“Pre-seed is the new seed.”
“We need to see traction before we can write a check. Come back when you have a product and customers.”
“We don’t do sub-500K rounds anymore. If you want less than that, talk to your friends and family.”
There’s a growing gap in the funding market, and early-stage companies are finding it more and more difficult to raise the money they need to get their products off the ground. Those that do spark investor interest face constant pressure to think bigger, ask for more money than they need, and commit to accelerating their company’s growth before they’re ready. None of this is healthy.
I’ve seen this trend in the Boulder/Denver market over the past couple of years and I’ve confirmed it with friends and peers in Boston and the Bay Area: VCs and angel investors are moving up-market, de-risking their investments by waiting until a company has already proven its viability by releasing a product and winning its first few customers. Meanwhile, most entrepreneurs’ friends and family haven’t gotten any richer, leaving a growing gap between “I have a great idea” and first launch of a product. What’s an entrepreneur to do?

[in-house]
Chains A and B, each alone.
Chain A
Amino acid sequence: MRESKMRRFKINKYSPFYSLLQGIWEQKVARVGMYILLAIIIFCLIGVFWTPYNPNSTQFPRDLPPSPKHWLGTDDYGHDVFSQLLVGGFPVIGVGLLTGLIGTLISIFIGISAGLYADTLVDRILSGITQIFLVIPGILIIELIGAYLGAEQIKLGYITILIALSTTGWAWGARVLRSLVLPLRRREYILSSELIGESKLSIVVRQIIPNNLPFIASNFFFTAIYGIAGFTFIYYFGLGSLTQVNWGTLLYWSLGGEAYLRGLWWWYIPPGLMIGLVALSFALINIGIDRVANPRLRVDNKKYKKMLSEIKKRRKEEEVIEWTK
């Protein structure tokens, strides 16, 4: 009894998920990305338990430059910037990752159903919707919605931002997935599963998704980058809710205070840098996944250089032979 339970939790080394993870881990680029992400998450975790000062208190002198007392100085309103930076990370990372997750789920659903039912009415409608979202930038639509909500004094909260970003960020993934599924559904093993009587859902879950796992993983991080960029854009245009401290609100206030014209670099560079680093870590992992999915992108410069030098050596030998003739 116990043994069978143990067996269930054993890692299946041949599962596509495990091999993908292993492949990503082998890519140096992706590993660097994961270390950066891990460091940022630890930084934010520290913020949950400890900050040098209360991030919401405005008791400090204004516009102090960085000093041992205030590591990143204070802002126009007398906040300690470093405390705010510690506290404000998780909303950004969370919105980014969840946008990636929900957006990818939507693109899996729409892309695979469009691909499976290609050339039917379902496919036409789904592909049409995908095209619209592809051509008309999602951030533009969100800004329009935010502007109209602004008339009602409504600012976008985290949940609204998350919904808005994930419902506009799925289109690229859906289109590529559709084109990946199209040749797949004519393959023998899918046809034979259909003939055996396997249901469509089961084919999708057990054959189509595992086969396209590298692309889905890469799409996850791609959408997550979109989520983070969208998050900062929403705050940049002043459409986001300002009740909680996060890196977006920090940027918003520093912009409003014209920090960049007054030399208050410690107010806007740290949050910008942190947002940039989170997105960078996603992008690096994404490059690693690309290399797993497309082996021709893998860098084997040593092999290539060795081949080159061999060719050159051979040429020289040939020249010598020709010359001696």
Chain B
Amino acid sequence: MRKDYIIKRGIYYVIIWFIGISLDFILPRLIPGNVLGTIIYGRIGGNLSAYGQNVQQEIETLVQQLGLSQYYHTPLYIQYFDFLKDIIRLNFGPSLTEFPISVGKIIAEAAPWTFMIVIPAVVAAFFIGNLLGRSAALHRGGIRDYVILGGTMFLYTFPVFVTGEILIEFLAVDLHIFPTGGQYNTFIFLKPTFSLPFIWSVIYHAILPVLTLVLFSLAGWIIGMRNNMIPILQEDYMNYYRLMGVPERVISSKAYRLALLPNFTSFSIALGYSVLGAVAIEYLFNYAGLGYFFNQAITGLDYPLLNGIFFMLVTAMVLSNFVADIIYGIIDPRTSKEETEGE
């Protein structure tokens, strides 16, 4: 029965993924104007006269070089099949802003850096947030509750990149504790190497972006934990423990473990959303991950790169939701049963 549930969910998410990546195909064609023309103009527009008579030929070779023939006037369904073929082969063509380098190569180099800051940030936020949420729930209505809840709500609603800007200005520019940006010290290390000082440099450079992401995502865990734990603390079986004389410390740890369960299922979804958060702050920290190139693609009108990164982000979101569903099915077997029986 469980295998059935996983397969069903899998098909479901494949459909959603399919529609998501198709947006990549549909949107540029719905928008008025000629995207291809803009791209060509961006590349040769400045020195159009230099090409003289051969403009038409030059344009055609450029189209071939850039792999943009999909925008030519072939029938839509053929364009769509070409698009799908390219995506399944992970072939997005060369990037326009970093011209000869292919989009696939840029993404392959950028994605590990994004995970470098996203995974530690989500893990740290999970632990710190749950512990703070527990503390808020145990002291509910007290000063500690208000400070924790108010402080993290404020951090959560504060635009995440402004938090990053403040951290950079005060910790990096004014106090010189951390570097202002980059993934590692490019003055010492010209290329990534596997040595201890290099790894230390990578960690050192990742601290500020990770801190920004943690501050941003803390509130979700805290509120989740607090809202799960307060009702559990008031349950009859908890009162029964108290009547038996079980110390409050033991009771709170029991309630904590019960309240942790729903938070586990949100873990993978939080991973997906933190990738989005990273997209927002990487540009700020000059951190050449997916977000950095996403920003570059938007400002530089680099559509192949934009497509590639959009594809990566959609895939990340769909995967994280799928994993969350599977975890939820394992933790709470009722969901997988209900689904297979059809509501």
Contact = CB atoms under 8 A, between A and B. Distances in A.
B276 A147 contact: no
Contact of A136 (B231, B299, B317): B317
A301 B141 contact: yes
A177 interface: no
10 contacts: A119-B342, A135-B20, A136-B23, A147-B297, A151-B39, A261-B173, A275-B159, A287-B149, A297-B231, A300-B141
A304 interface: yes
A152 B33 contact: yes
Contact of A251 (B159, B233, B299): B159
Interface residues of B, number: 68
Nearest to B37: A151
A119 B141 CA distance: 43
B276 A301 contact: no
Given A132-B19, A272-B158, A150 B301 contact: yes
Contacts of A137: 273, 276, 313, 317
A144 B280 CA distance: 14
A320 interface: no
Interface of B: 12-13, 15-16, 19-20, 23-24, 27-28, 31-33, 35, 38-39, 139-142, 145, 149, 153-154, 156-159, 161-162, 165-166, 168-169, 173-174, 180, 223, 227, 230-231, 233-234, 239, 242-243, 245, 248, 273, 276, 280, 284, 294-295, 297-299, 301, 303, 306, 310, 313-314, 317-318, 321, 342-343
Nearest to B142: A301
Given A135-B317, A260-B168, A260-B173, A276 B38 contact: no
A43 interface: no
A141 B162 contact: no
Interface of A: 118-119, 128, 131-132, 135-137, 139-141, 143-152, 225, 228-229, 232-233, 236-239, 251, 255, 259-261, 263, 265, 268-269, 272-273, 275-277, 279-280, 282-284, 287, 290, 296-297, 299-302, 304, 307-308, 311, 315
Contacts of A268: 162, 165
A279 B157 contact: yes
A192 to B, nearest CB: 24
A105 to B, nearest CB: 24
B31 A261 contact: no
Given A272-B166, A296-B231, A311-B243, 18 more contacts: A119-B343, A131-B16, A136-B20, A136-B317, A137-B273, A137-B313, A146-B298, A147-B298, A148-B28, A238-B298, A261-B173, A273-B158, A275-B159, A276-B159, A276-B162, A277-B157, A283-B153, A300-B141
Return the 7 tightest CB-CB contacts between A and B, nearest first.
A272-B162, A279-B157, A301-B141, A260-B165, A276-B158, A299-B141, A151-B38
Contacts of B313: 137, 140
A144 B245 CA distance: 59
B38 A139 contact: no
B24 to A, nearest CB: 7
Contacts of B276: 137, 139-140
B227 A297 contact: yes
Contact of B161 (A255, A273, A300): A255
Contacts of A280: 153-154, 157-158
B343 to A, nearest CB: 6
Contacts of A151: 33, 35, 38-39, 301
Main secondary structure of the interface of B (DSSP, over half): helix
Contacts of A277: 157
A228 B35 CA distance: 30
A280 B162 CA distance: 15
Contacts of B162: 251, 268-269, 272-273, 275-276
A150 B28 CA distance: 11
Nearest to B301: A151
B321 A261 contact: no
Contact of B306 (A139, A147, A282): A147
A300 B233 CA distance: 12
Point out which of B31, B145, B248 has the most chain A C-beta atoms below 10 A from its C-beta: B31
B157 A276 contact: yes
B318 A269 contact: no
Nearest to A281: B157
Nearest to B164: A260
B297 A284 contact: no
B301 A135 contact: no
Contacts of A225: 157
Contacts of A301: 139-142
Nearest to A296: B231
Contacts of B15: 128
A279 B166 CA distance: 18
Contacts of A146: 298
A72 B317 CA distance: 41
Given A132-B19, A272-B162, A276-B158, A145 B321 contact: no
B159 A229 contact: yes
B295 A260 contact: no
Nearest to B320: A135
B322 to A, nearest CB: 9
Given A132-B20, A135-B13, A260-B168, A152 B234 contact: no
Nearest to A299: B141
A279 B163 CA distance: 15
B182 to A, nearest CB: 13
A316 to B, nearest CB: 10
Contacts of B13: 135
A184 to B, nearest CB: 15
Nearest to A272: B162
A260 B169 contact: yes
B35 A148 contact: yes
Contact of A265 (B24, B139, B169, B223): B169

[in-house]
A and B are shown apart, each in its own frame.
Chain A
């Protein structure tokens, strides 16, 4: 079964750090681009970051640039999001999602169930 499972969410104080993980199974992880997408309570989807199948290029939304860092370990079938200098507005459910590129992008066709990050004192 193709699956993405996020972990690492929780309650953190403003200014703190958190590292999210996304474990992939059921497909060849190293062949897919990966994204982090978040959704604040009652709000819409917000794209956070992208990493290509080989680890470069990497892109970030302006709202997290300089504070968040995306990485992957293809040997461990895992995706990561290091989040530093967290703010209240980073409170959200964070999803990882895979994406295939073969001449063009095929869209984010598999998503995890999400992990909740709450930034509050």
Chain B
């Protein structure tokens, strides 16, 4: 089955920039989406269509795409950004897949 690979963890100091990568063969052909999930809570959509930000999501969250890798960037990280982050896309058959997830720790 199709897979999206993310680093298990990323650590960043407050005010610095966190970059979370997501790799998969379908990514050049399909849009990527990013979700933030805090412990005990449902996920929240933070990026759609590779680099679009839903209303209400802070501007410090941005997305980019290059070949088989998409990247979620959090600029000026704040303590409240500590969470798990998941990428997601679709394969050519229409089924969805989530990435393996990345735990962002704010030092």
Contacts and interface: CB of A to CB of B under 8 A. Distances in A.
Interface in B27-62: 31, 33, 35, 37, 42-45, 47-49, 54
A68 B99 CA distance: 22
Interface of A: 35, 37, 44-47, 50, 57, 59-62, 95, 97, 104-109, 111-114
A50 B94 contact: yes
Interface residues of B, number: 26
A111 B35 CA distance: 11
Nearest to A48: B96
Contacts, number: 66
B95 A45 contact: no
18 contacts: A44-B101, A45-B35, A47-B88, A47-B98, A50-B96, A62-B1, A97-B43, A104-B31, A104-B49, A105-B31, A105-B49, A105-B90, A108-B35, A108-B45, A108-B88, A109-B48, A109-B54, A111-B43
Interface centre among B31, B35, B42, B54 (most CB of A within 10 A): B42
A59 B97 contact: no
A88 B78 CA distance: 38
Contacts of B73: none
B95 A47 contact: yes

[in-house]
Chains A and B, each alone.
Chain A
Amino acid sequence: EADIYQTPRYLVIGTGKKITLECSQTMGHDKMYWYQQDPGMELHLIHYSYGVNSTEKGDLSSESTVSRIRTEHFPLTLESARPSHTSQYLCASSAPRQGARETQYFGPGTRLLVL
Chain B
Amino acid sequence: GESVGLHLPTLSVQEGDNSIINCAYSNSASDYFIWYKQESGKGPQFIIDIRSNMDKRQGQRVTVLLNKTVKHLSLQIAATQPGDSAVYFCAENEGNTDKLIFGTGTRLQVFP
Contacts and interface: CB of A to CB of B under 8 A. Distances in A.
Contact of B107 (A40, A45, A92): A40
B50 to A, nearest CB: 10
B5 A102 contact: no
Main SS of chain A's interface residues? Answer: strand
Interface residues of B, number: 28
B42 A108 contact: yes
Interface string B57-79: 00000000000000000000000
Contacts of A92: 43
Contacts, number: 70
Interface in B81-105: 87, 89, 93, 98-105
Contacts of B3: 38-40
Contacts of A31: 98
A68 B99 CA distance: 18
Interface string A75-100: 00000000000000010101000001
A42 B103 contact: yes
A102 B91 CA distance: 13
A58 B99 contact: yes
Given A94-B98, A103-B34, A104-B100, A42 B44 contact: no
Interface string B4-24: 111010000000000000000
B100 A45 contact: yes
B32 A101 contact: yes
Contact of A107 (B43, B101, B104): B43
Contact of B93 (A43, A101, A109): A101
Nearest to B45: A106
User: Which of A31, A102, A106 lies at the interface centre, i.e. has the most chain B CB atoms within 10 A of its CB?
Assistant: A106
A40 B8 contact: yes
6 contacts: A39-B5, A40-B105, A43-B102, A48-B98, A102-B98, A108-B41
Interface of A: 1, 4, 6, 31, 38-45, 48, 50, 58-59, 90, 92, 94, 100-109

Traditionally, entrepreneurs have filled this gap with individual equity transactions — “sweat equity” for early employees— or by building the first version of a product themselves. As engineering salaries continue to go up, though, fewer engineers are willing to work for equity alone or for a reduced salary with a large equity component. And why would you, if you can make $150K or more working at a slightly larger startup or get Silicon Valley salaries and all the perks by joining the Googlesoftazon development office that just opened down the street? The competition for engineering talent keeps heating up, and there’s no end in sight. Again, this leaves many entrepreneurs at a disadvantage as the price tag for getting to Minimum Viable Product continues to rise.